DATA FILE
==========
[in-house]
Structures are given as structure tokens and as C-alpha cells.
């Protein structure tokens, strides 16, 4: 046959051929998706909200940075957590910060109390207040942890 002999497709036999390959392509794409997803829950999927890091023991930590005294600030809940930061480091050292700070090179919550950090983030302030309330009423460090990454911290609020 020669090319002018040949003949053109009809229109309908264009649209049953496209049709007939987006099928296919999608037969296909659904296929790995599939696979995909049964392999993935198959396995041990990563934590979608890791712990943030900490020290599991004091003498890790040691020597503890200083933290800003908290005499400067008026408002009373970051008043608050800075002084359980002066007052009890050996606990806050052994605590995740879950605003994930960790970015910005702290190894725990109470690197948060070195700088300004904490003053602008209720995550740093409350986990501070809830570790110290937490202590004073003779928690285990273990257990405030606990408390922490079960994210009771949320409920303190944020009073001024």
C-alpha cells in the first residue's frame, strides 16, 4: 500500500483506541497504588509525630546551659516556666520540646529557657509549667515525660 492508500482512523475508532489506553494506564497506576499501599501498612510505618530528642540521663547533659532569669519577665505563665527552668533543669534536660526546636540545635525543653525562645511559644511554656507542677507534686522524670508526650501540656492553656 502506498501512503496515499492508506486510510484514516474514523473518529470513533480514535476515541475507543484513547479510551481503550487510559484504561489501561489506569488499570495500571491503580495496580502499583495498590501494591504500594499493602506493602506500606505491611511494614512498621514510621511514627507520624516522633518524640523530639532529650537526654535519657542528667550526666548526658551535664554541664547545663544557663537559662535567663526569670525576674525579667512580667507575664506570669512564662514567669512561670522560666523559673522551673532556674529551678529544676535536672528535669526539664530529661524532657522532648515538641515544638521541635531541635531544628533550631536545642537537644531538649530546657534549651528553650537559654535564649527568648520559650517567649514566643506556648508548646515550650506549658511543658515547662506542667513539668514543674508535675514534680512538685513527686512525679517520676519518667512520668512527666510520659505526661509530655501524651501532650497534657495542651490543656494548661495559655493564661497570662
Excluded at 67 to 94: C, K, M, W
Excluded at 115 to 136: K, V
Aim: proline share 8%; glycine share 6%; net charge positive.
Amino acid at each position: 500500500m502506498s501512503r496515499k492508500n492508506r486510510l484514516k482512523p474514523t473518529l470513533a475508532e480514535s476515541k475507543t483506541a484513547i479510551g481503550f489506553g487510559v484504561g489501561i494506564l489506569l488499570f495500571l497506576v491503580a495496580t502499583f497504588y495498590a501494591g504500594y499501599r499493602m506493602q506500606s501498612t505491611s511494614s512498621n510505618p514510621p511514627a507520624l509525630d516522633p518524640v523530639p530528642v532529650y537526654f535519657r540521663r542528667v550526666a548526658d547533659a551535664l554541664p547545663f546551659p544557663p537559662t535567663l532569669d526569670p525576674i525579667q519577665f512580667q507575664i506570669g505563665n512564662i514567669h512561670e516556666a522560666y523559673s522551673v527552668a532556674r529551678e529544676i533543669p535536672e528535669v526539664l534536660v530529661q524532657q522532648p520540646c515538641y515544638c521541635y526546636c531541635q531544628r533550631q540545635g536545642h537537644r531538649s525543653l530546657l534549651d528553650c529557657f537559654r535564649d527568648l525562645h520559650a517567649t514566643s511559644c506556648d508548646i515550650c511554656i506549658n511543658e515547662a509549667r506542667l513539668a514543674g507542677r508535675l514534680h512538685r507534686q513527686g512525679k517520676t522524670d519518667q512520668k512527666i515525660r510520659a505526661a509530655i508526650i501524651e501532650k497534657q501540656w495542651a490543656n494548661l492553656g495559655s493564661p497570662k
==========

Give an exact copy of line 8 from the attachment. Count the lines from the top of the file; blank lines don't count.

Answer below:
Amino acid at each position: 500500500m502506498s501512503r496515499k492508500n492508506r486510510l484514516k482512523p474514523t473518529l470513533a475508532e480514535s476515541k475507543t483506541a484513547i479510551g481503550f489506553g487510559v484504561g489501561i494506564l489506569l488499570f495500571l497506576v491503580a495496580t502499583f497504588y495498590a501494591g504500594y499501599r499493602m506493602q506500606s501498612t505491611s511494614s512498621n510505618p514510621p511514627a507520624l509525630d516522633p518524640v523530639p530528642v532529650y537526654f535519657r540521663r542528667v550526666a548526658d547533659a551535664l554541664p547545663f546551659p544557663p537559662t535567663l532569669d526569670p525576674i525579667q519577665f512580667q507575664i506570669g505563665n512564662i514567669h512561670e516556666a522560666y523559673s522551673v527552668a532556674r529551678e529544676i533543669p535536672e528535669v526539664l534536660v530529661q524532657q522532648p520540646c515538641y515544638c521541635y526546636c531541635q531544628r533550631q540545635g536545642h537537644r531538649s525543653l530546657l534549651d528553650c529557657f537559654r535564649d527568648l525562645h520559650a517567649t514566643s511559644c506556648d508548646i515550650c511554656i506549658n511543658e515547662a509549667r506542667l513539668a514543674g507542677r508535675l514534680h512538685r507534686q513527686g512525679k517520676t522524670d519518667q512520668k512527666i515525660r510520659a505526661a509530655i508526650i501524651e501532650k497534657q501540656w495542651a490543656n494548661l492553656g495559655s493564661p497570662k